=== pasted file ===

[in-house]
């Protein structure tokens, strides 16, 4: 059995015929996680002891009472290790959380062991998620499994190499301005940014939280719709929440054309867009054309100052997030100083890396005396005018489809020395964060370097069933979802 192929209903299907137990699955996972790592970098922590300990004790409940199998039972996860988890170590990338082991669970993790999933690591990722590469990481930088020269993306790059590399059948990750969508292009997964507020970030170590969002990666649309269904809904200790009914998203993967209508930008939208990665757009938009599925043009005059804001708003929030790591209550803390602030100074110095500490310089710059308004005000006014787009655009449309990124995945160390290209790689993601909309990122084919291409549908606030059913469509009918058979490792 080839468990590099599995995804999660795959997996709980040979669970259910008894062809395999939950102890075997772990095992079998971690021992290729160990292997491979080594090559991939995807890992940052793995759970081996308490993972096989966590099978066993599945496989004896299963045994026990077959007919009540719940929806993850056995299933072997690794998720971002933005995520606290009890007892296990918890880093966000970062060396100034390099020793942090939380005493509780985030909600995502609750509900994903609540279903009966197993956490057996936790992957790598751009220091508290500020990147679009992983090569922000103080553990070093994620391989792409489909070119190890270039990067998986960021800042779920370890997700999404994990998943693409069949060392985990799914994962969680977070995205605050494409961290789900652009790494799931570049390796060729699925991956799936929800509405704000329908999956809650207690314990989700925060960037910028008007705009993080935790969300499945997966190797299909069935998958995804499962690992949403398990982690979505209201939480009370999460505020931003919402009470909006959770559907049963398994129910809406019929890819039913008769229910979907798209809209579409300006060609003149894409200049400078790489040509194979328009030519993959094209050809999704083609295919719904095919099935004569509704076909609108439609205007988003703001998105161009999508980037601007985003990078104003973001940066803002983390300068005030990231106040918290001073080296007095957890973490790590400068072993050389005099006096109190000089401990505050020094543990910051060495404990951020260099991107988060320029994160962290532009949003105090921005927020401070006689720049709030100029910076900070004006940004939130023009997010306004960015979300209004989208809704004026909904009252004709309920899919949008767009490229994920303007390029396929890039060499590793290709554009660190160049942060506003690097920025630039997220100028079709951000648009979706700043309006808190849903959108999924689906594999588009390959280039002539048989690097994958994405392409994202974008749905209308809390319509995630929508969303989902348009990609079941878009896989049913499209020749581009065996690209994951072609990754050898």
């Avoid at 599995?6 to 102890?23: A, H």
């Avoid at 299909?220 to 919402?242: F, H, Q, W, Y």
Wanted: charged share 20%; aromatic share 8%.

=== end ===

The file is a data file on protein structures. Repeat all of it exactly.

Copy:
[in-house]
């Protein structure tokens, strides 16, 4: 059995015929996680002891009472290790959380062991998620499994190499301005940014939280719709929440054309867009054309100052997030100083890396005396005018489809020395964060370097069933979802 192929209903299907137990699955996972790592970098922590300990004790409940199998039972996860988890170590990338082991669970993790999933690591990722590469990481930088020269993306790059590399059948990750969508292009997964507020970030170590969002990666649309269904809904200790009914998203993967209508930008939208990665757009938009599925043009005059804001708003929030790591209550803390602030100074110095500490310089710059308004005000006014787009655009449309990124995945160390290209790689993601909309990122084919291409549908606030059913469509009918058979490792 080839468990590099599995995804999660795959997996709980040979669970259910008894062809395999939950102890075997772990095992079998971690021992290729160990292997491979080594090559991939995807890992940052793995759970081996308490993972096989966590099978066993599945496989004896299963045994026990077959007919009540719940929806993850056995299933072997690794998720971002933005995520606290009890007892296990918890880093966000970062060396100034390099020793942090939380005493509780985030909600995502609750509900994903609540279903009966197993956490057996936790992957790598751009220091508290500020990147679009992983090569922000103080553990070093994620391989792409489909070119190890270039990067998986960021800042779920370890997700999404994990998943693409069949060392985990799914994962969680977070995205605050494409961290789900652009790494799931570049390796060729699925991956799936929800509405704000329908999956809650207690314990989700925060960037910028008007705009993080935790969300499945997966190797299909069935998958995804499962690992949403398990982690979505209201939480009370999460505020931003919402009470909006959770559907049963398994129910809406019929890819039913008769229910979907798209809209579409300006060609003149894409200049400078790489040509194979328009030519993959094209050809999704083609295919719904095919099935004569509704076909609108439609205007988003703001998105161009999508980037601007985003990078104003973001940066803002983390300068005030990231106040918290001073080296007095957890973490790590400068072993050389005099006096109190000089401990505050020094543990910051060495404990951020260099991107988060320029994160962290532009949003105090921005927020401070006689720049709030100029910076900070004006940004939130023009997010306004960015979300209004989208809704004026909904009252004709309920899919949008767009490229994920303007390029396929890039060499590793290709554009660190160049942060506003690097920025630039997220100028079709951000648009979706700043309006808190849903959108999924689906594999588009390959280039002539048989690097994958994405392409994202974008749905209308809390319509995630929508969303989902348009990609079941878009896989049913499209020749581009065996690209994951072609990754050898």
């Avoid at 599995?6 to 102890?23: A, H």
């Avoid at 299909?220 to 919402?242: F, H, Q, W, Y």
Wanted: charged share 20%; aromatic share 8%.